2) Fortunately the paint can be reconstituted by just adding their thinner (NOT cheap). Some suggest that all the new bottles SHOULD be full, and that low paint levels indicate loss of thinner. This may well be true … see “1” above. They need different bottles!!


3) However, even a full bottle is nowhere near being sprayable with conventional equipment. I use Paashe “H” and “VL” brushes, usually with the #3 needle. To spray Tru-Color I need to thin the paint at least 1:1 or sometimes 2:1 with thinner. Even then it tends to dry in the airbrush tip and gum up the spray at best or even clog the gun.


4) It does not stick hardly at all to metal, and poorly to most resin (seems “OK” on styrene). Use of a primer is necessary. NOT Tru-color primer! … it seems to be  just their own paint in light gray color. It does NOT stick either. Floquil primer works well for this, *IF* you still have any. I have heard, and am about to start trying, Tamiya primers (gray or red, acrylic) in spray cans. These get VERY good reviews. Generally I’m cautious about applying different paints over one another, but this combination seems to work for other experienced modelers. I’ll find out.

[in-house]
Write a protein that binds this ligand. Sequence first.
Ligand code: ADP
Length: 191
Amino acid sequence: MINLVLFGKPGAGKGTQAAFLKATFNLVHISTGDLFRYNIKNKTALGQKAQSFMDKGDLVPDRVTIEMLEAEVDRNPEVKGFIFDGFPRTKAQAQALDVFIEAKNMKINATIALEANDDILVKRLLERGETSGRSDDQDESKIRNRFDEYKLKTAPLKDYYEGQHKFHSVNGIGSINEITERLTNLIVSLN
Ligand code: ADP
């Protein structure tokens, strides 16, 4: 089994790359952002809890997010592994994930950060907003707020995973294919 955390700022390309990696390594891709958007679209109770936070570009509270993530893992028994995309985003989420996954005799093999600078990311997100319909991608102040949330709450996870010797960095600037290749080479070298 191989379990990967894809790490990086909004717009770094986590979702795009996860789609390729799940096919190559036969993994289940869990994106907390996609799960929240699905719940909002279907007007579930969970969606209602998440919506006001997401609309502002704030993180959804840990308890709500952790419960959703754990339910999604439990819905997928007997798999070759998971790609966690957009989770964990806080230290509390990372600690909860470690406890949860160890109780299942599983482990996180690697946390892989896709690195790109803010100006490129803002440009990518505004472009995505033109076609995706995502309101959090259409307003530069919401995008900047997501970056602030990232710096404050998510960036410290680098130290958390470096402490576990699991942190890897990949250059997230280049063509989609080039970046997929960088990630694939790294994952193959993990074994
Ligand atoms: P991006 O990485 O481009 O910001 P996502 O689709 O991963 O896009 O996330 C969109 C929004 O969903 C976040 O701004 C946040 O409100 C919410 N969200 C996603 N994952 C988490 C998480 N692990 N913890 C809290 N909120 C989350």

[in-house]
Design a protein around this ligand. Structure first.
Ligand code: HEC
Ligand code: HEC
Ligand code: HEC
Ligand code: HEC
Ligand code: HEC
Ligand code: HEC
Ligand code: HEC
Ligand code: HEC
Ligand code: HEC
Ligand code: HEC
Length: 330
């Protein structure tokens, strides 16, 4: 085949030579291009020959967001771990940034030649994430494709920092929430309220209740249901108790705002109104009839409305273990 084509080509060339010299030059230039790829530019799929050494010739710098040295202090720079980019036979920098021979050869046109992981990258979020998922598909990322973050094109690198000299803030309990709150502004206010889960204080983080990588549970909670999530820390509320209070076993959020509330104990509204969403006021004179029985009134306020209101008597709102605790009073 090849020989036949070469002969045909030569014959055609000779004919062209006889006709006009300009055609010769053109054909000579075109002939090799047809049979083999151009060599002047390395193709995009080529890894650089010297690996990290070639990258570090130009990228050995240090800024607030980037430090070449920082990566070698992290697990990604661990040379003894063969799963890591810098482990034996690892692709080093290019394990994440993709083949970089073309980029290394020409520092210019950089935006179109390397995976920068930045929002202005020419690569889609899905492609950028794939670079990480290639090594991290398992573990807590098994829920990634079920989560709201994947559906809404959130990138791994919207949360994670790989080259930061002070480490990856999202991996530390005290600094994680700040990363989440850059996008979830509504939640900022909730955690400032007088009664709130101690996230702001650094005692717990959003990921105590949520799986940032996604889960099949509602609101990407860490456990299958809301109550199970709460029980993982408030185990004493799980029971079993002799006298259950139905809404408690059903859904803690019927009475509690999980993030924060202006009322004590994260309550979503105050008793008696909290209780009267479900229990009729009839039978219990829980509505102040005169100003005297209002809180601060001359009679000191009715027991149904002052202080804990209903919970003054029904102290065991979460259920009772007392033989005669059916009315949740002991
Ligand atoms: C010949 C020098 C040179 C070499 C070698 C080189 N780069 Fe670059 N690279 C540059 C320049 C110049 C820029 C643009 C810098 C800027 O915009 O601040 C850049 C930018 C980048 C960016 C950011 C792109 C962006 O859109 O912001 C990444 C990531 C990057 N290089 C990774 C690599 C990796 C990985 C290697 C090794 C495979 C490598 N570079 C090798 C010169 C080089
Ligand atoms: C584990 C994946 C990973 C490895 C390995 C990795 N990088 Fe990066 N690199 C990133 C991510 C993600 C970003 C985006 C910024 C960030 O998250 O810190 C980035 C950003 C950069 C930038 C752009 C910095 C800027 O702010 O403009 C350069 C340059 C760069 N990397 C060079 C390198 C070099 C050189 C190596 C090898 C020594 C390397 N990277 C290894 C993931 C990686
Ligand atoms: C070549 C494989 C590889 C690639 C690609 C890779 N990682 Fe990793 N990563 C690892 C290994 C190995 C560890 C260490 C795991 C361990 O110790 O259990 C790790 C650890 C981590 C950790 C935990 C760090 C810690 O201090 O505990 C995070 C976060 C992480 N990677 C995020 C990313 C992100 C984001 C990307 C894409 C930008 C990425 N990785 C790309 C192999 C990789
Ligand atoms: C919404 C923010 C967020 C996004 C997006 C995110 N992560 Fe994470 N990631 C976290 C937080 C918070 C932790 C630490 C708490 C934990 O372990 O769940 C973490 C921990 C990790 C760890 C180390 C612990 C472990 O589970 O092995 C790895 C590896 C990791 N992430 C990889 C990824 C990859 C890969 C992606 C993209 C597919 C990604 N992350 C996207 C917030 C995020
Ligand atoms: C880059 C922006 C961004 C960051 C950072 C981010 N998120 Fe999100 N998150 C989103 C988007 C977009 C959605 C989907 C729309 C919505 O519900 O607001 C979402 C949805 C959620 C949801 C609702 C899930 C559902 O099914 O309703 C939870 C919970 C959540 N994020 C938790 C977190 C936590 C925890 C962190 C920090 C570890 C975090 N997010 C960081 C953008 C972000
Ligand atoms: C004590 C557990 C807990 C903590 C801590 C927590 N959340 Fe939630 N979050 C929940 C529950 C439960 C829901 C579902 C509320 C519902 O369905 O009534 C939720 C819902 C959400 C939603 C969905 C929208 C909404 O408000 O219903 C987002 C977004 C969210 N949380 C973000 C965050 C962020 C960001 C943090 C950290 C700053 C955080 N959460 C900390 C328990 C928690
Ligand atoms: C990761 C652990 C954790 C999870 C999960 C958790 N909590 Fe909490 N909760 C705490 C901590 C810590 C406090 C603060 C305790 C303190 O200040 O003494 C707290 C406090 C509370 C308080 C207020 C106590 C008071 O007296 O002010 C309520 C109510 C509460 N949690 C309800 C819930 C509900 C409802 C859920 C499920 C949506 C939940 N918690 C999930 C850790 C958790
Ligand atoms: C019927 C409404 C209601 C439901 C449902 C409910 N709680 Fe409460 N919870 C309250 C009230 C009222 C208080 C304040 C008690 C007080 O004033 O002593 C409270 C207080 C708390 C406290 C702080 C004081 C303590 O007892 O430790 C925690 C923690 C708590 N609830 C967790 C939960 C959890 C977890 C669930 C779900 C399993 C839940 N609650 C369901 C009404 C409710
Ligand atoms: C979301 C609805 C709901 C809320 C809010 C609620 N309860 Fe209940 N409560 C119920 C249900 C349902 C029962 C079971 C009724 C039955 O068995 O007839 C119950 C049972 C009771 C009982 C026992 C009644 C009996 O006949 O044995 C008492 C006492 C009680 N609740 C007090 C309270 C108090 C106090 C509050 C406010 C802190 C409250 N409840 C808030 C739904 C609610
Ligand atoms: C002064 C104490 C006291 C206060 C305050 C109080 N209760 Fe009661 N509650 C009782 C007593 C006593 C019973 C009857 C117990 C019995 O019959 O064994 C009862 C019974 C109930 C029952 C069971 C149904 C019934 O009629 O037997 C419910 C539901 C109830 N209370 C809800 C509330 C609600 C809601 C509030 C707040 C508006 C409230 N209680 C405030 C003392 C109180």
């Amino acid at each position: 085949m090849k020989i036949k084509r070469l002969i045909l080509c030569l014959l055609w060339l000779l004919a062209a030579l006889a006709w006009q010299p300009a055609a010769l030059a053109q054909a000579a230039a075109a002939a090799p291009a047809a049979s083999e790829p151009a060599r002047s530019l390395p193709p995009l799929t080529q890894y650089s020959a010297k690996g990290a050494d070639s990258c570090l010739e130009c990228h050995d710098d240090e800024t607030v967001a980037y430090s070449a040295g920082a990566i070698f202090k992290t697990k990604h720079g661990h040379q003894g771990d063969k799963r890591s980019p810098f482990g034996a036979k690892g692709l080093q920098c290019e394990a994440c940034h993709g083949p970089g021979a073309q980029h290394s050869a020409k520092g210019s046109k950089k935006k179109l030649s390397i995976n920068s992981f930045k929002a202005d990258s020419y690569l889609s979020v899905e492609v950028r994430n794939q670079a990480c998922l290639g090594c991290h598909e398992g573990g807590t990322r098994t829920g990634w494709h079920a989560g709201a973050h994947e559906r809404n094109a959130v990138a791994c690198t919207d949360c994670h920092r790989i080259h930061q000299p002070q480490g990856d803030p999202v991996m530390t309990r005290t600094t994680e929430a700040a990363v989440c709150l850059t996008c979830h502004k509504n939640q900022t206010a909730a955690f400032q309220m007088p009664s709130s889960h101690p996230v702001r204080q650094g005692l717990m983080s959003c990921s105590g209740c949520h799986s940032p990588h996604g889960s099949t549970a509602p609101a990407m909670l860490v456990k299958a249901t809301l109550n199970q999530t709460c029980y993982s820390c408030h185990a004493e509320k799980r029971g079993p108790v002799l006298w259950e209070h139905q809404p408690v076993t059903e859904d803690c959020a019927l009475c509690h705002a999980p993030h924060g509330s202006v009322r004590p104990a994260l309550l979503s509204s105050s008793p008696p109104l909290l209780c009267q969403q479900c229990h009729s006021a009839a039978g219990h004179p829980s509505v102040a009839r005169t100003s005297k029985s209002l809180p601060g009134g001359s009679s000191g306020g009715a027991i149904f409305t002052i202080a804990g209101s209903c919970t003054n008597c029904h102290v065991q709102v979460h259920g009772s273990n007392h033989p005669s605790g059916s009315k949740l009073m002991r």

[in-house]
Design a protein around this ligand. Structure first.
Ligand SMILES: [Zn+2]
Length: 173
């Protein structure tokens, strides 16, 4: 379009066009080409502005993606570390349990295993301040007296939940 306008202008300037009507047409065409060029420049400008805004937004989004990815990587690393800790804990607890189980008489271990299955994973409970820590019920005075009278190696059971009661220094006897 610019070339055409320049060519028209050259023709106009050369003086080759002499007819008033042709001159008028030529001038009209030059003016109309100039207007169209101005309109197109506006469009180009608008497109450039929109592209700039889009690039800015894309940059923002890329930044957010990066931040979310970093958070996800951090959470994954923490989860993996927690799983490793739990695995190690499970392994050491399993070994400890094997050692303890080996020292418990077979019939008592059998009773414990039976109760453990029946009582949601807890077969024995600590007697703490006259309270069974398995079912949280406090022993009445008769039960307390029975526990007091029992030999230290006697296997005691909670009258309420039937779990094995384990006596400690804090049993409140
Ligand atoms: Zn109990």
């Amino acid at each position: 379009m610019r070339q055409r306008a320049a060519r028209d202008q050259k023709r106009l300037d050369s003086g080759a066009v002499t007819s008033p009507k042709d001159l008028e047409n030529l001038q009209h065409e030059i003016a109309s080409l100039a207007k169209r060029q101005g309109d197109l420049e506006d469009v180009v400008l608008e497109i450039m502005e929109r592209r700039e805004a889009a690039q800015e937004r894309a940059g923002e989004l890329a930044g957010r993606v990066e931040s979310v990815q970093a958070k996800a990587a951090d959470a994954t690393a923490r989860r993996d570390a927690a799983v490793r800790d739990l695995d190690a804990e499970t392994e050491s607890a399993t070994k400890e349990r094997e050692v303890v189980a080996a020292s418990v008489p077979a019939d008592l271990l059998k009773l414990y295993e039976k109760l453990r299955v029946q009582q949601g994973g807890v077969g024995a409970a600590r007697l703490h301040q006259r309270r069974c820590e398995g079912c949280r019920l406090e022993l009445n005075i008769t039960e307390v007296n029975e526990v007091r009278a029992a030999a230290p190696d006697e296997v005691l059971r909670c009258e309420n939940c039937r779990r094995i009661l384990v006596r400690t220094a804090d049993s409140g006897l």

5) I once painted a nice HO passenger car in classic pullman-green … Floquil primer followed by Tru-color paint. I ovesprayed it with Testor’s Glosscoat, let it dry, and applied decals. I let it dry well (a few days). It looked good. Then had to do just little masking and applied the tape, sprayed the paint, and then attempted to remove the tape. DISASTER! The Glosscoat peeled off like a huge sheet of cellophane, naturally taking most of the decals with it. The Glosscoat had NOT adhered to the Tru-color at all. I have NEVER had this happen previously with Glosscoat applied over ANY other paints. I fear (but have not experienced) similar issues with Dullcoat. I wonder, and am experimenting, with Dullcoat and other overcoats.